It might be hard for me to express how satisfying it is to watch a hardworking woman beat an entitled sexist prick on an international stage.
Battle of the Sexes is about the real-life tennis match between Billie Jean King (Emma Stone) and Bobby Riggs (Steve Carrell). It was the most-watched sporting event of its time, and revisiting it now is like two tall glasses of red wine for our abused and blackened souls.
As the washed-up Riggs, Carrell is a braggadocious, self-styled chauvinist—the kind of guy who might be charming if his arrogance weren’t so harmful. (It says something that Carrell can remain so dang likable, and even sympathetic, while embodying such a gross person.) Meanwhile, Stone is a quiet powerhouse.
Battle of the Sexes feels like it could've belonged to King alone, and it's almost always disappointing when the film cuts away from her and back to whatever Riggs is up to. King wasn't just a decent tennis player—she was also fighting for pay equity and discovering her homosexuality at a time when the sponsorship deals that kept her bills paid depended on her wholesome (heterosexual) image.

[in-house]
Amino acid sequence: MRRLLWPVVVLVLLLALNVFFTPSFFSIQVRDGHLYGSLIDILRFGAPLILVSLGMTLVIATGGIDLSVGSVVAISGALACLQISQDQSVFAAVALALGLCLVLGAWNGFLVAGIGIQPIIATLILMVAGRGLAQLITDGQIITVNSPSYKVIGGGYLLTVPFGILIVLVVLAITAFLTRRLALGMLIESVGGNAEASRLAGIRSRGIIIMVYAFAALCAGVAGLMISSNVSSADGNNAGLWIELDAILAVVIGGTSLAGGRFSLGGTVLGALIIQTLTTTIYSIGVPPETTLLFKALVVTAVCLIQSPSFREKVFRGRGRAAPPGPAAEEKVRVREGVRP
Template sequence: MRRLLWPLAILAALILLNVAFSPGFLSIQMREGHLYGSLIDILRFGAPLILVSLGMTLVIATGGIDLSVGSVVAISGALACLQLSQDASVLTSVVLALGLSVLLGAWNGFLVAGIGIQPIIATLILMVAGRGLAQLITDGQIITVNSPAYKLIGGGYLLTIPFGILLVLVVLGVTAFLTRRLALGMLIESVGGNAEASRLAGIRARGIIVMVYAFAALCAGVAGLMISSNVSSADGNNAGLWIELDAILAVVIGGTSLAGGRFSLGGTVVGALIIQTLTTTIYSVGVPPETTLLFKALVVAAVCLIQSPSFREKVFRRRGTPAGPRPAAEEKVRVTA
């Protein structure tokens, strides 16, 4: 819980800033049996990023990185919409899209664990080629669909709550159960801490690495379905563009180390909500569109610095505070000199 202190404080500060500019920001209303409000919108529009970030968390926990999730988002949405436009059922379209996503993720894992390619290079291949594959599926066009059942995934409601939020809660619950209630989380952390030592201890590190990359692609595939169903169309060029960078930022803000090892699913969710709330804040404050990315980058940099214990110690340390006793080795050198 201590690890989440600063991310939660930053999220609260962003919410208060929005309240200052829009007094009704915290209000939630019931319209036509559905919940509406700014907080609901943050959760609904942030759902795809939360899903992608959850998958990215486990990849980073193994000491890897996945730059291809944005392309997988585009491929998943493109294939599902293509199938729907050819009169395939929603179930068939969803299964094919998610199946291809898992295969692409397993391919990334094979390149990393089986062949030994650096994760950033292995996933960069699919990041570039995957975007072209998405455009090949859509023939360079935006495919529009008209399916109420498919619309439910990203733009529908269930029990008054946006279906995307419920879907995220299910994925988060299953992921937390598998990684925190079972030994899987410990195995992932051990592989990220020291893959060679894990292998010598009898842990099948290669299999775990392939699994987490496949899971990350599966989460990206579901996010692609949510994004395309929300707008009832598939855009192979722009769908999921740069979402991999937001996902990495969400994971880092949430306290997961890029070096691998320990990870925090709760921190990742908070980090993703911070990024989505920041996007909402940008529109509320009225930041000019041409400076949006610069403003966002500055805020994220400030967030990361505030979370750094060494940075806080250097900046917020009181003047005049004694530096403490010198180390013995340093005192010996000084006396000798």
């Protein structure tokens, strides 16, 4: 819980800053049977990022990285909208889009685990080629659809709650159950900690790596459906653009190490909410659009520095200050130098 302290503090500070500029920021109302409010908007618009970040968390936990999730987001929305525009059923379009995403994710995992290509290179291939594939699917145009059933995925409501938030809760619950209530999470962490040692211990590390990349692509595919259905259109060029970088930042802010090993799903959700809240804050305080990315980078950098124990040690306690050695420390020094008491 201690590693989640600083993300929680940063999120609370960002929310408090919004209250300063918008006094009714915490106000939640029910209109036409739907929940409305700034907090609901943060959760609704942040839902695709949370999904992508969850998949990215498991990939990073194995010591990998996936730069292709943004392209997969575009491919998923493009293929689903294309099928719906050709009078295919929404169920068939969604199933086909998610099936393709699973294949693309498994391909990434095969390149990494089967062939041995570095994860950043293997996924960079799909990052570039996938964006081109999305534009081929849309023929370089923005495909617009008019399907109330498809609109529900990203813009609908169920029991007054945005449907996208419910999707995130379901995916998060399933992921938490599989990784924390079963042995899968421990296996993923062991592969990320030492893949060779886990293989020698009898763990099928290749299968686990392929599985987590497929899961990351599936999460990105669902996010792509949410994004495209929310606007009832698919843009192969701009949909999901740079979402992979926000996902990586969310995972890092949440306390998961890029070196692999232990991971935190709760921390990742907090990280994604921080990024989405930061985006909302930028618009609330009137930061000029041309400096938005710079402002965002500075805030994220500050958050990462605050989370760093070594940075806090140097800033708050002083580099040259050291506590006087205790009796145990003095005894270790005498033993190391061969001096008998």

Battle of the Sexes is directed by the same husband-and-wife team behind the chirpy Little Miss Sunshine, and you can tell—it’s got the same heart and levity that make you want to cry, not from laughing too hard but because life is sad. It's fun and suspenseful, and rounded out by a delightful supporting cast, including Sarah Silverman and Alan Cummings.
Basically, watching a hardworking woman beat an entitled sexist prick on an international stage is glorious, and something I want on instant replay inside my eyelids so I can close my eyes and watch it instead of whatever's actually happening in 2017.
Huh. I guess that wasn’t hard to express after all.